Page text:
“The main thing to consider when looking into consolidation is: Can you afford to pay off your current debt on your own?” advises credit analyst Simon Nowak.
“It may take a while and it may make things tight for a bit, but if you can pay it yourself, you’ll be in better shape than getting a consolidation loan, Otherwise, you’re just racking up more debt,” Nowak adds.
I didn’t want to be a statistic. So I made a commitment to myself that if I took out this consolidation loan, I would always pay off my credit card. Otherwise, it would have all been for nothing.
The first thing you’ll need if you want to try using credit card consolidation loans is to find out if it will actually be cheaper for you to do this. You’ll need to write down three numbers: the interest rate (APR), the loan term, and the monthly payment, and employ the use of a consolidation loan calculator.
Banks and online lenders usually only lend to people with moderate to excellent credit, so if you have bad credit, you can always talk to a credit counselor that’s certified by the National Foundation for Credit Counseling (NFCC) to see your options.
Next, do the math on whether debt consolidation would actually save you money.
“For example, if you repaid $10,000 over 60 months at a 20 percent interest rate, you would pay $265 per month — the interest fees you paid would total $5,894,” says lending expert Joe Toms.
“If you could lower the interest rate to 16 percent with a personal loan, over the same period you would pay $243 a month, and save more than $1,300 in interest expenses,” Toms indicates.
In doing so, make sure you account for the cost of origination fees — the charges you’ll receive for using the debt consolidation company’s services — in the context of your new interest rate.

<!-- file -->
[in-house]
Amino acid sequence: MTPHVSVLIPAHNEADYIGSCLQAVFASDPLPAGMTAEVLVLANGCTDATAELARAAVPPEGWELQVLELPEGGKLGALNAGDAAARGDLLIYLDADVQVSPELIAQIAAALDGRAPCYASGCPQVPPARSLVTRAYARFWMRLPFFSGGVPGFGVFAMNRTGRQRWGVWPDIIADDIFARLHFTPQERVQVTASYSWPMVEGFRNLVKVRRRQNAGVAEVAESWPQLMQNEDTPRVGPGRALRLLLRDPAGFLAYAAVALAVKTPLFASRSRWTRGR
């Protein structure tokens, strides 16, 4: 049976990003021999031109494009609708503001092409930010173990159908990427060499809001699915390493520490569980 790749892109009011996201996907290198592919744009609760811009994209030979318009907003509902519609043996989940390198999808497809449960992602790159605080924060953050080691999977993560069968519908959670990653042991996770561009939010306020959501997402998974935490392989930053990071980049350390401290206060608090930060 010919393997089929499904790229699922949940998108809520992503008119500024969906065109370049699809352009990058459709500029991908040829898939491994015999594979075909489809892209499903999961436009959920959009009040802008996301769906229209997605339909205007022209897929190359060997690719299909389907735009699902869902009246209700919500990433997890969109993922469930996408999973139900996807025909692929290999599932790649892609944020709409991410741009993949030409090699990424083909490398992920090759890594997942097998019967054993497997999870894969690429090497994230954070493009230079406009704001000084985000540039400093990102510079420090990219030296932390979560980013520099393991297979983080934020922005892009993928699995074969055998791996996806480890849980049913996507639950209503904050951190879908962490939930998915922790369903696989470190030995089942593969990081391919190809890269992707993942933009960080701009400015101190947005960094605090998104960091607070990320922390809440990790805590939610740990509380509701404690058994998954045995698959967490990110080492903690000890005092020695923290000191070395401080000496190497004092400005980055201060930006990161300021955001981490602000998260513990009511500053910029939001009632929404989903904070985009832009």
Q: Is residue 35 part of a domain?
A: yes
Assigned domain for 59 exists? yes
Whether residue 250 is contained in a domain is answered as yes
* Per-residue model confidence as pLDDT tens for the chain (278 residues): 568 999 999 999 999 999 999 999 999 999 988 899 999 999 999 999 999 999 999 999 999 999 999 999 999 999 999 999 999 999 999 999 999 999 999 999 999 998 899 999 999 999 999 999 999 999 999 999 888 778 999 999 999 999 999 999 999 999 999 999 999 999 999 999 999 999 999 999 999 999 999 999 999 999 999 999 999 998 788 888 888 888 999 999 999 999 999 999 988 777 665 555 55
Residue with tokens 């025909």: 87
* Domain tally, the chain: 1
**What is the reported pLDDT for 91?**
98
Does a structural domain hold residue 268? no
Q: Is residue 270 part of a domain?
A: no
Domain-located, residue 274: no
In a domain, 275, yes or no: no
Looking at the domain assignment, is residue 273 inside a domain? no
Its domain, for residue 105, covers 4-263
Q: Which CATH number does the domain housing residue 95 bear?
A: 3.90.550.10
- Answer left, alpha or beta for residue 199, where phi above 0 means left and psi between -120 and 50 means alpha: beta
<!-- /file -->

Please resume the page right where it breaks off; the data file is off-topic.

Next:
“You’ll have to watch out to make sure origination fees and the interest charged are lower than you’re paying now, and won’t amount to you paying more money in the end,” says senior financial analyst Michael Cetera. “There, a consolidation loan isn’t a good option for someone with damaged credit, as you may qualify for a personal loan at a higher interest rate.”
Finally, if you determine a consolidation loan will save you money, make sure that the company providing you a loan is reputable.
“Look for a lender with customer service from available staff — be that online or in person — that seems knowledgeable and professional,” Toms recommends. “Read reviews from non-sponsored sites, and seek out company’s whose staff are up-front about fees, who will work with you to calculate your overall interest savings and determine the best loan for your situation.”
If you will actually save money in the long run, ask yourself: Can I actually afford the new monthly payment? Am I committed to not racking up a balance on my credit card? If you can answer yes to both of these questions, then loan consolidation might be a good option for you.
Remember that you got into debt for a reason. Changing your spending habits — like I did — while working consistently toward a financially salient life is what has kept me debt free.